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Key Skills Driving School
Key Skills Driving School

Serving all Valley Locations… Anthem, Queen Creek, Apache Junction, Phoenix, Avondale, Surprise and everything in between

What Do New Drivers in Phoenix, AZ Need to Learn?

February 5, 2018

It goes without saying that new drivers have a lot to learn. In order to become safe drivers, new drivers need to learn and practice a range of skills. Many of those skills take practice—meaning that inexperienced drivers are learning on the roads.

People learn these skills from parents, guardians, spouses, as well as from trained driving certified trainers from a professional driving school in the Phoenix area. Key to your success as a new driver is the attitude you approach

Basic Requirements

Driver education in Arizona is not specifically required, although it will probably lead to a reduction in insurance premiums. It will also make sure you pass the written and road tests the first time—and if you earn a completion certificate for a behind-the-wheel course, you may not have to take the road test.

Arizona has a graduated license system for drivers under 18. The system works as follows:

  • At 15 years and 6 months old, you may get an instruction permit providing you pass a written and vision test. The Department of Transportation has several practice tests available for you. You have three attempts to pass the written test before you have to apply again.
  • While driving on the permit, you must have a licensed driver at least 21 years old with you in the front seat.
  • After you have held the permit for at least 6 months, you may apply for the Class G license. You will have to have earned a training certificate from a professional driving school or school-based program, or your parent/guardian will have to certify that you have had at least 30 hours of supervised driving, 10 of which are at night.
  • Many third-party providers/Driving Schools can administer the road test to you, saving time at the MVD offices.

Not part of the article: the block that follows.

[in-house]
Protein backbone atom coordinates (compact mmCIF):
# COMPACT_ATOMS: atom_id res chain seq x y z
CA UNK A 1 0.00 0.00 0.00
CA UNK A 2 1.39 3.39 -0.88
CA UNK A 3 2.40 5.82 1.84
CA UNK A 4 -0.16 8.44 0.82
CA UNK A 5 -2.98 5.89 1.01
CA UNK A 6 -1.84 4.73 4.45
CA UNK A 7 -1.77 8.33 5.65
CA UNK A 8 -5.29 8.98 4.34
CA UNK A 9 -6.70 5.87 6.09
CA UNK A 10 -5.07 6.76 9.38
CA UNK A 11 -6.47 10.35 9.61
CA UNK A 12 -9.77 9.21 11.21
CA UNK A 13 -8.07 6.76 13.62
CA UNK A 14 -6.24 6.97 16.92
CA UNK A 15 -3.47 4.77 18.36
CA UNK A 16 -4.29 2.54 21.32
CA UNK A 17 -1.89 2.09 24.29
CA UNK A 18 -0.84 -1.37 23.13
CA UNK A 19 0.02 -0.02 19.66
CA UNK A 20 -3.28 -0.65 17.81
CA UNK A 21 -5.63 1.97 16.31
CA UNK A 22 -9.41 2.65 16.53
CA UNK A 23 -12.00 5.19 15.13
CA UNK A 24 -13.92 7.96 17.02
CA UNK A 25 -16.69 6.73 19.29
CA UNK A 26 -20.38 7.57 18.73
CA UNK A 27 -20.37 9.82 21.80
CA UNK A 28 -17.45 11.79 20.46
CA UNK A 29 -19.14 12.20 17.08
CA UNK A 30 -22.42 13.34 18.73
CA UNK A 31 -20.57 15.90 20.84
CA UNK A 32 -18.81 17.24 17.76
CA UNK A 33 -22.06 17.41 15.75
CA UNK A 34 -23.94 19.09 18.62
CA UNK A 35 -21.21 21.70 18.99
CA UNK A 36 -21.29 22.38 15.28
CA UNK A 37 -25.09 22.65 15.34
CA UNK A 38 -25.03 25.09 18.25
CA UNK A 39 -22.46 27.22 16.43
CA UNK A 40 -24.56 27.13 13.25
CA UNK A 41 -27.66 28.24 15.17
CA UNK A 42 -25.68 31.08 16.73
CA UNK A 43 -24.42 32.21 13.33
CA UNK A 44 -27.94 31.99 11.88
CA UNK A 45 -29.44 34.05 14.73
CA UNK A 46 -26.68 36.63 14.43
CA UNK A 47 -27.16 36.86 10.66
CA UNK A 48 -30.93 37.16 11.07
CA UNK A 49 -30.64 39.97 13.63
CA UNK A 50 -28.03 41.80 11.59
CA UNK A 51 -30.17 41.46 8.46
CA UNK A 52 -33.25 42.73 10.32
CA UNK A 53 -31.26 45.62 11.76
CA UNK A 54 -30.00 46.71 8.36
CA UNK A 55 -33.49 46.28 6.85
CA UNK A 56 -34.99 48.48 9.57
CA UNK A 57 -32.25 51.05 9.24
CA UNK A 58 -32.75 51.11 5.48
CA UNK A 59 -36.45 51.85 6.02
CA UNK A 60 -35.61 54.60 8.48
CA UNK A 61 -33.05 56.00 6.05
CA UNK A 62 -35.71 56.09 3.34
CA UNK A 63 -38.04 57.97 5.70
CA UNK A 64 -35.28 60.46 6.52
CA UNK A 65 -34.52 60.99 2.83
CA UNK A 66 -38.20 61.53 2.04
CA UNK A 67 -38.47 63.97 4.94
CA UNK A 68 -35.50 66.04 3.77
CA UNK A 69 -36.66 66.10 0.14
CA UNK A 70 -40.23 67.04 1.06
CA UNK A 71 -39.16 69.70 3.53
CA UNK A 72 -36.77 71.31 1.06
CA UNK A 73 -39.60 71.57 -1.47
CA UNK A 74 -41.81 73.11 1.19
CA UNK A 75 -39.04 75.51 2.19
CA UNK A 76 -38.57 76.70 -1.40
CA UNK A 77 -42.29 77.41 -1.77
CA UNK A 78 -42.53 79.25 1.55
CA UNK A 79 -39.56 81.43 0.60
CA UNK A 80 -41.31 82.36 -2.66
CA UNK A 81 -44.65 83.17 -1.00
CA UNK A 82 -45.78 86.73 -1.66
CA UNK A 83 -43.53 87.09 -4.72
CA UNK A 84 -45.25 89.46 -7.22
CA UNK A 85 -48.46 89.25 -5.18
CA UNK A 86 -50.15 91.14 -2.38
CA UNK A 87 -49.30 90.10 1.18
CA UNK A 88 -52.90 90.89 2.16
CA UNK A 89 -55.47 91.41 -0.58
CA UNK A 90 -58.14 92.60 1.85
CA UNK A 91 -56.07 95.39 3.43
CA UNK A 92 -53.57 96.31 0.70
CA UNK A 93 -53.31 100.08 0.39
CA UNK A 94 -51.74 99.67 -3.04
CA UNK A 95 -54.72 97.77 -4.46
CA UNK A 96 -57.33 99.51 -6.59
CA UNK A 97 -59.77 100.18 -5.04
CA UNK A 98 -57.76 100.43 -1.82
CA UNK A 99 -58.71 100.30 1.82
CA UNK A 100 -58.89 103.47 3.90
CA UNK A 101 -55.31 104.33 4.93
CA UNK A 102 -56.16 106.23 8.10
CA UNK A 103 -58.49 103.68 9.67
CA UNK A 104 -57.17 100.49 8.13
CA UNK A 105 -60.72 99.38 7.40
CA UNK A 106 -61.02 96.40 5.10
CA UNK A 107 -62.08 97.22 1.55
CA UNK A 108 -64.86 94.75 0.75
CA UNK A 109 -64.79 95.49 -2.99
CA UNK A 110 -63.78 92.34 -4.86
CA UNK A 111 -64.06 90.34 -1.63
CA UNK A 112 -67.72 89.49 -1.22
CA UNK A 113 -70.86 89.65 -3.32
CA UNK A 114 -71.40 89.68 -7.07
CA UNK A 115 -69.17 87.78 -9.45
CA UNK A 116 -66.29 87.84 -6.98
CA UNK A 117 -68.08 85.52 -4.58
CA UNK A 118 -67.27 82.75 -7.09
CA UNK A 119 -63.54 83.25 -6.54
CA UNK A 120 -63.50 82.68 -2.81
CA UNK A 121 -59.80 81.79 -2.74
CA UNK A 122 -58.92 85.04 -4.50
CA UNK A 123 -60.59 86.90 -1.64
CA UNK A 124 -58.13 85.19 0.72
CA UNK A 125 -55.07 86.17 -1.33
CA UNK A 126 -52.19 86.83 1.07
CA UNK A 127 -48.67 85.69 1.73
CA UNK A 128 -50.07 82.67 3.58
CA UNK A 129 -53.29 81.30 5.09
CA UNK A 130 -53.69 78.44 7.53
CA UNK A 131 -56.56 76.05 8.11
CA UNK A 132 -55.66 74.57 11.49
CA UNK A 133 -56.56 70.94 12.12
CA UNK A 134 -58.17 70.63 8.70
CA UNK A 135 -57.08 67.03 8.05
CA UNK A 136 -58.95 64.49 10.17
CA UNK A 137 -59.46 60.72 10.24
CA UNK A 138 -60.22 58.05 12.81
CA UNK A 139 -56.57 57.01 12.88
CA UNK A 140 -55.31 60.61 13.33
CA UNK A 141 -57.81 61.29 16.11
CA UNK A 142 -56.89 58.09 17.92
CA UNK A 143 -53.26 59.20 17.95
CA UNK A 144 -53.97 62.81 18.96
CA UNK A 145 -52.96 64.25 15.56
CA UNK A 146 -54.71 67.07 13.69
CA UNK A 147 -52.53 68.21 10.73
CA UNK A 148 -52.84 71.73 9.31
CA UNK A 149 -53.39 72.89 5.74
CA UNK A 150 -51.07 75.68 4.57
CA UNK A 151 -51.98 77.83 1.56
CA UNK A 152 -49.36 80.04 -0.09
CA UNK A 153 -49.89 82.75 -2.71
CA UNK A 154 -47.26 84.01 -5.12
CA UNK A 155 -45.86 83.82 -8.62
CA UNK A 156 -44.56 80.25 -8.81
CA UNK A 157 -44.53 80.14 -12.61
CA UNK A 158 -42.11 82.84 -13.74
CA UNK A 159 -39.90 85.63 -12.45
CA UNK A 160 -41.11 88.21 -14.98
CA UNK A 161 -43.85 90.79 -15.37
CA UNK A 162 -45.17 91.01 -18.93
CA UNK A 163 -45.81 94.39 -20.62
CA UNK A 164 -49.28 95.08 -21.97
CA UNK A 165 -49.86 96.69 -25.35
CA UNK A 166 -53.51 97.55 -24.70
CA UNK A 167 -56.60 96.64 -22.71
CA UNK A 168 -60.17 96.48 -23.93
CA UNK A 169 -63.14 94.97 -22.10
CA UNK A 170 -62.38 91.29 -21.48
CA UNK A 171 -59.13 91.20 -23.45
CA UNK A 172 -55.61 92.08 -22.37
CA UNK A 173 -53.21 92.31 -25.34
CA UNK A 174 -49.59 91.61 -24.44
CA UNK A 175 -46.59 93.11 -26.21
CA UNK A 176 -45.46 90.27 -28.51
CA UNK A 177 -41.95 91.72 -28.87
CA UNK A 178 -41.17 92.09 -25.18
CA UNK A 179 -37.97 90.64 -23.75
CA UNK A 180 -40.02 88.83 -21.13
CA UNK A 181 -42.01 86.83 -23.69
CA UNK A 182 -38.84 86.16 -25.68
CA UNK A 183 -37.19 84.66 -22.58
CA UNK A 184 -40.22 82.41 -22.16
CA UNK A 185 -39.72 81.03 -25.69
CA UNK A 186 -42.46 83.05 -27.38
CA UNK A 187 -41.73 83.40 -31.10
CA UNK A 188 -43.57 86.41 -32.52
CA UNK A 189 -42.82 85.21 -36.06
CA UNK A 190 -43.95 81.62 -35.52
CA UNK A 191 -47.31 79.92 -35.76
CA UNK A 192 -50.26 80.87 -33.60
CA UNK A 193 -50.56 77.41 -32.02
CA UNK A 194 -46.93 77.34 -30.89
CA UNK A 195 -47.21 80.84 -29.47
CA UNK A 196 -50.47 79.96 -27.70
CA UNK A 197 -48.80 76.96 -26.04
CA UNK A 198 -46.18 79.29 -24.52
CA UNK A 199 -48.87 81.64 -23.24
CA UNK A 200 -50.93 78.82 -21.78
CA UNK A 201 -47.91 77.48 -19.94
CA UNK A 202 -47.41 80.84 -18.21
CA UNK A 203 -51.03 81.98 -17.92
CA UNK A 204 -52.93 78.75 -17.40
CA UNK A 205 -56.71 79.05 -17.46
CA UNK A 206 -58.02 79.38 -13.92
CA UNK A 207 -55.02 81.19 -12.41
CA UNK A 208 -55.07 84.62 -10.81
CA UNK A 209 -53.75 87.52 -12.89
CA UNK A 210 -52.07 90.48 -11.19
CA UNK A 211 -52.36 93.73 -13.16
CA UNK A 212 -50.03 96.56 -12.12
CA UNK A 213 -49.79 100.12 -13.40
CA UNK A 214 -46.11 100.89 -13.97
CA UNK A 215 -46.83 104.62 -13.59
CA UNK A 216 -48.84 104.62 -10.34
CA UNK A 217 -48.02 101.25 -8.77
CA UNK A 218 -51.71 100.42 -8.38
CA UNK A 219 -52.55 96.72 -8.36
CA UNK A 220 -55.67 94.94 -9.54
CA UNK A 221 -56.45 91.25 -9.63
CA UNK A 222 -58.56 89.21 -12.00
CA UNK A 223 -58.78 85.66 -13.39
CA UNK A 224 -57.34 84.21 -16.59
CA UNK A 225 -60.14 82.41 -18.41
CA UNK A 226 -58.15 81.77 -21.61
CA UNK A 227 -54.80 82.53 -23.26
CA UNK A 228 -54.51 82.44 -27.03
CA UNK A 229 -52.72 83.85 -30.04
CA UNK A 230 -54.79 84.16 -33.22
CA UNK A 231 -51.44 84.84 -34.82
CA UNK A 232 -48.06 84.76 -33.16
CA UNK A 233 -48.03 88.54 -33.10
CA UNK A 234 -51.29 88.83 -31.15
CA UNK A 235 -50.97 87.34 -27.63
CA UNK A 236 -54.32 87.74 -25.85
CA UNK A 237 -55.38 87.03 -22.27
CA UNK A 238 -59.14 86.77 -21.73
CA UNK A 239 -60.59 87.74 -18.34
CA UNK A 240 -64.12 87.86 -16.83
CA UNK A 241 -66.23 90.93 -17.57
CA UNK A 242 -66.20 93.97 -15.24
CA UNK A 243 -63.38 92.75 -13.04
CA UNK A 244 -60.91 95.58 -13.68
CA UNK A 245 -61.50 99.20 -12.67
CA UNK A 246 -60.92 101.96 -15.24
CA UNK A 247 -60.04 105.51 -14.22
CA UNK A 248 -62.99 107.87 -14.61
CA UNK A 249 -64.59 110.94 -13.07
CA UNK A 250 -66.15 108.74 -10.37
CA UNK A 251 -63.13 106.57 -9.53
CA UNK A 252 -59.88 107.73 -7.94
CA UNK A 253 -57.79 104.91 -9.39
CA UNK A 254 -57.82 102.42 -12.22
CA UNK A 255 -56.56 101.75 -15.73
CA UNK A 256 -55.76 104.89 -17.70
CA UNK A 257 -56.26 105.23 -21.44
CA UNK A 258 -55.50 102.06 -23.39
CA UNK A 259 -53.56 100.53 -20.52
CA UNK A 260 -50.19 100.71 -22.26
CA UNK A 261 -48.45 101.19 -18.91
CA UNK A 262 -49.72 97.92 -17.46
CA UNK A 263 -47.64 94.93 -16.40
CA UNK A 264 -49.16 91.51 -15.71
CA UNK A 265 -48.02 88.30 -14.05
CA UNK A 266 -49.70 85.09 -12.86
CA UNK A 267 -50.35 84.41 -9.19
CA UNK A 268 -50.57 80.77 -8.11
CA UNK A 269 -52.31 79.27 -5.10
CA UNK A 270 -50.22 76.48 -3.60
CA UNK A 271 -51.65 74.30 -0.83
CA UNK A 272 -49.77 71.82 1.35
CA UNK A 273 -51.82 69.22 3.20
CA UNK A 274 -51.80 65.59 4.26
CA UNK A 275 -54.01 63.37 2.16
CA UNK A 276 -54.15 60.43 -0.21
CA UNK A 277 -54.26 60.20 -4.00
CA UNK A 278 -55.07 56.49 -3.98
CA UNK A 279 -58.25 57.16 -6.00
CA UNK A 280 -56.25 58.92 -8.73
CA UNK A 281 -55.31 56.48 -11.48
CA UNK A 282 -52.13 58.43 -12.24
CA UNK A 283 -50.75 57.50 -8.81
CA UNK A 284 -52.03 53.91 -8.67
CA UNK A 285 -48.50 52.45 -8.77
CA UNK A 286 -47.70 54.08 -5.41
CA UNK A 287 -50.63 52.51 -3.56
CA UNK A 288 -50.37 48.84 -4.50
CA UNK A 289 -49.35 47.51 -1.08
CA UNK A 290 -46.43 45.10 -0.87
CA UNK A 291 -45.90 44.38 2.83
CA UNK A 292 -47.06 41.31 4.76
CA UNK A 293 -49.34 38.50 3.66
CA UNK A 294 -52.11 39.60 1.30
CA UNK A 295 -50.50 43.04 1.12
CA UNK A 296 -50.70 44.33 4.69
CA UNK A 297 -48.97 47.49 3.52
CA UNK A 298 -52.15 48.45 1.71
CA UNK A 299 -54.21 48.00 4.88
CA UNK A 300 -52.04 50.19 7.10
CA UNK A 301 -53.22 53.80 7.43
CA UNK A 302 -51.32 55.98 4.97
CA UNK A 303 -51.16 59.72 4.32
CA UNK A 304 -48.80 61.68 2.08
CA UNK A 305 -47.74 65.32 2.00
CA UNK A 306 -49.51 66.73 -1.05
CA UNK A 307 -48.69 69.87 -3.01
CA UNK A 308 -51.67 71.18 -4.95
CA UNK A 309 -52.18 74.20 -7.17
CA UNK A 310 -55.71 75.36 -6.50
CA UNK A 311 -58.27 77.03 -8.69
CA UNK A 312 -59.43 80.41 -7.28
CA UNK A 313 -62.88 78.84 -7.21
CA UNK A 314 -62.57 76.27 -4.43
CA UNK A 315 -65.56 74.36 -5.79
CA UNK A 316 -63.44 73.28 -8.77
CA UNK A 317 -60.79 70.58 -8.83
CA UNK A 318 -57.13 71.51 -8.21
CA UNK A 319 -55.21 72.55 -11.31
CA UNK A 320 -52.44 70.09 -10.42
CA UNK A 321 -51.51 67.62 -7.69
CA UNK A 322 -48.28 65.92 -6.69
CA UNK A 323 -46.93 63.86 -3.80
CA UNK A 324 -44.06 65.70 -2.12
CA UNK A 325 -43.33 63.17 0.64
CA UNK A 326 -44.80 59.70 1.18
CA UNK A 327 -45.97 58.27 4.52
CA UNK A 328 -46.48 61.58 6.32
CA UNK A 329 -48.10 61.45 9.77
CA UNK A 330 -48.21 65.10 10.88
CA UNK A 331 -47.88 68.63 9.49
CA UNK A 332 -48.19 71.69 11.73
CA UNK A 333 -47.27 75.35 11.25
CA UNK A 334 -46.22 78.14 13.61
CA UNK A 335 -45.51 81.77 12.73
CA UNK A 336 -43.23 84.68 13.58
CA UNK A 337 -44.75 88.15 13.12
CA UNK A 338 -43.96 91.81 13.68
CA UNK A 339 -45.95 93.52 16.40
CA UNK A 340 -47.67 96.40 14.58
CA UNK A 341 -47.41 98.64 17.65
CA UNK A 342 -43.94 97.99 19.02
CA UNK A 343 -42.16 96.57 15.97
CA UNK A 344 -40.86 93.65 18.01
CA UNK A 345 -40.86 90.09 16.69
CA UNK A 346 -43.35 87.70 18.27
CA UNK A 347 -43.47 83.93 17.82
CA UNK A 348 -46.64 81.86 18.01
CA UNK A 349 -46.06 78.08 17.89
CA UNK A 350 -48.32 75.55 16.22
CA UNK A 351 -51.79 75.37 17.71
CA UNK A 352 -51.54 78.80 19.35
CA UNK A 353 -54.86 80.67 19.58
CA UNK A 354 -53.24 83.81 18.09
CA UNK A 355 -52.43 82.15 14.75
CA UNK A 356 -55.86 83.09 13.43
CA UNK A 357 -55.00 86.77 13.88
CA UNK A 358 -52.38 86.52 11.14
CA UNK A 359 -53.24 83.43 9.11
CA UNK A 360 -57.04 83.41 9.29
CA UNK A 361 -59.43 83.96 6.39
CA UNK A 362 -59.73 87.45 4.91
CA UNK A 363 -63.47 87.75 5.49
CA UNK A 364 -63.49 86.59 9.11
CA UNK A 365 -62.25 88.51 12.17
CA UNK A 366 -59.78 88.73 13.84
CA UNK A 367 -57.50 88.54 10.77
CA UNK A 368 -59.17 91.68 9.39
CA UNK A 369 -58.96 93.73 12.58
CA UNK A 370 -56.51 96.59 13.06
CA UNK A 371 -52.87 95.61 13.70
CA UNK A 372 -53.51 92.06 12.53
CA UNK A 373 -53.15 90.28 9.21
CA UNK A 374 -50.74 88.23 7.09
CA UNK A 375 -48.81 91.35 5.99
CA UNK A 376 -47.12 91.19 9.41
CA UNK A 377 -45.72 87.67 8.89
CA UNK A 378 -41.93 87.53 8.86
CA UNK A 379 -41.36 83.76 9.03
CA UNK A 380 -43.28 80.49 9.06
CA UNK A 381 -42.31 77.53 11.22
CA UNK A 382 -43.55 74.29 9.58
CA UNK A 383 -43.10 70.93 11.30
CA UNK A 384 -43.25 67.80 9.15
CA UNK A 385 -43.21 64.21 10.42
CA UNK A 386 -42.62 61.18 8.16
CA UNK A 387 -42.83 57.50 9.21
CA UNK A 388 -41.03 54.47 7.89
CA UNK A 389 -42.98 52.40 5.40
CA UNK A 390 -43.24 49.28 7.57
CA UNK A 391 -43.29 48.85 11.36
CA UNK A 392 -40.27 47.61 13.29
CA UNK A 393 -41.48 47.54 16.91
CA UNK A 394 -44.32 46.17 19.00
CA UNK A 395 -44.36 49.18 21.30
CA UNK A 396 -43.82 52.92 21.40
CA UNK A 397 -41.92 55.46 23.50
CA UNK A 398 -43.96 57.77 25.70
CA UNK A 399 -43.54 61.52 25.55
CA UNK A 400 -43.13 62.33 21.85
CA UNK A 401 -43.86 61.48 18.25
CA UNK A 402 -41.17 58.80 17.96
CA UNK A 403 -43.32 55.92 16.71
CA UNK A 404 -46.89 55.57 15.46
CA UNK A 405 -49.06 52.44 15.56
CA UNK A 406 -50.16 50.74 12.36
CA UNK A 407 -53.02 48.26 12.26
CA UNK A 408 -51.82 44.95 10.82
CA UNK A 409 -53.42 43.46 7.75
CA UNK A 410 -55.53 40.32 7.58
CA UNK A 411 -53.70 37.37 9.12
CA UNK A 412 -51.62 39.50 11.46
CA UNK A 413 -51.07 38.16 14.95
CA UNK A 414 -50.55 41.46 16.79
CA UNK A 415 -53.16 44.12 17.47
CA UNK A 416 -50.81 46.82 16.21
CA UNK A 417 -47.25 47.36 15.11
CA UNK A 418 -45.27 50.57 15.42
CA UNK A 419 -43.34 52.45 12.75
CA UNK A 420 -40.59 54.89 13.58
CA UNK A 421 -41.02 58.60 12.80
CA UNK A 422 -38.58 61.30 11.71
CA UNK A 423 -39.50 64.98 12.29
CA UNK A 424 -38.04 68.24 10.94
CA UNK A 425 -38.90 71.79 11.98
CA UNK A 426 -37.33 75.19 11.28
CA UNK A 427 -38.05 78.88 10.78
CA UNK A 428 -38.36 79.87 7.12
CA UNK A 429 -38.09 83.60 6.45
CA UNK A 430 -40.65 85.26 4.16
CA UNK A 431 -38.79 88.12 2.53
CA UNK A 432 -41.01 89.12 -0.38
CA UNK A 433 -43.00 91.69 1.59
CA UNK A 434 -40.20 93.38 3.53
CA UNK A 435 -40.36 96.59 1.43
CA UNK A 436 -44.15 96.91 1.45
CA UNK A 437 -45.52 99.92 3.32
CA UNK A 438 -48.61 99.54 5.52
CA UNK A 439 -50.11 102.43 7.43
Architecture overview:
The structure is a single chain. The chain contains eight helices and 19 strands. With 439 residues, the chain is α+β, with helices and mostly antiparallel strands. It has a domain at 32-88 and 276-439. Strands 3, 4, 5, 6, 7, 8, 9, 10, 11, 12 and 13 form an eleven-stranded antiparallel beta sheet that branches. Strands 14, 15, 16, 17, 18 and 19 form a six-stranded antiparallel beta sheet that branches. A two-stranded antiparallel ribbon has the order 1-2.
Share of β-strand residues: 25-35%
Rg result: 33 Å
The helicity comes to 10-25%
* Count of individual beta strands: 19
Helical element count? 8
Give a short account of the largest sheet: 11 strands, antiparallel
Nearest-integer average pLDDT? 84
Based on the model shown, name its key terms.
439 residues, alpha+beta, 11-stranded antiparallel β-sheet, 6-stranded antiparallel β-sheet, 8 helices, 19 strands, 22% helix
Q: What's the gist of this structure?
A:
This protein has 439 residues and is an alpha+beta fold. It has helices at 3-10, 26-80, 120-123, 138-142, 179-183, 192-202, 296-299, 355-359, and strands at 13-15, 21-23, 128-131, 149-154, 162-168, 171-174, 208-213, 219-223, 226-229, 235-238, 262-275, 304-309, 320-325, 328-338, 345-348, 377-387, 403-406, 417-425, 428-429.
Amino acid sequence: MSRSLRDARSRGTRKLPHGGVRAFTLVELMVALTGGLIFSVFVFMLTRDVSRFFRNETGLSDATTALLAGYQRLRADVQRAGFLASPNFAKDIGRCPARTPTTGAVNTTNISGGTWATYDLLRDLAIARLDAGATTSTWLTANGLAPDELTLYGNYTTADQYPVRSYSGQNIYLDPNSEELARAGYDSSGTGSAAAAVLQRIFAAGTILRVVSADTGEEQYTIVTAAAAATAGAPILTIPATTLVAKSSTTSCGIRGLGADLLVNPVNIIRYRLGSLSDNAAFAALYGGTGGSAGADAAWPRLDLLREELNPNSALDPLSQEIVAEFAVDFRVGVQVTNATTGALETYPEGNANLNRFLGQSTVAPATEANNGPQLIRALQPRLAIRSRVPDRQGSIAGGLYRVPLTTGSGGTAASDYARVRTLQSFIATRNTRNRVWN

• You may have heard that the MVD does random road tests for graduates of driving schools who took their tests there -- that’s no longer true!  When you go to the MVD to submit your paperwork, you will walk out without having to take the test again.
  • Until you turn 18, you may be under some restrictions on your class G license.

Third-party providers/Professional Driving Schools in AZ

Arizona has largely decentralized its driver’s license and training services. Many “Third Party Providers”. Third party providers may handle title/registration matters, and some also handle driver license issues, including providing written or road tests. These providers are regulated.

Many of them also provide driver education—some provide classroom instruction, others behind-the-wheel, and some do both. Many of the ones providing behind-the-wheel instruction will also perform your road test for you, giving you the certificate of completion.

The Physical Side of Driving

Coordination of the hands, feet, eyes, ears, and brain is a crucial part of driving. It requires practice and training to master all the skills needed, as well as a good understanding of what you have to do. During your practice driving around Chandler and Phoenix, your driving certified trainer will guide you through each skill.

The Arizona Driver’s Manual is your best resources for what Arizona expects from its drivers.

One of the most important skills is keeping your eyes moving. You should not be staring ahead, or at a mirror, or at the dashboard—or at someone in the car. Rather, you should be looking frequently between the road ahead, the mirrors, the speedometer, and, when changing lanes, over your shoulders.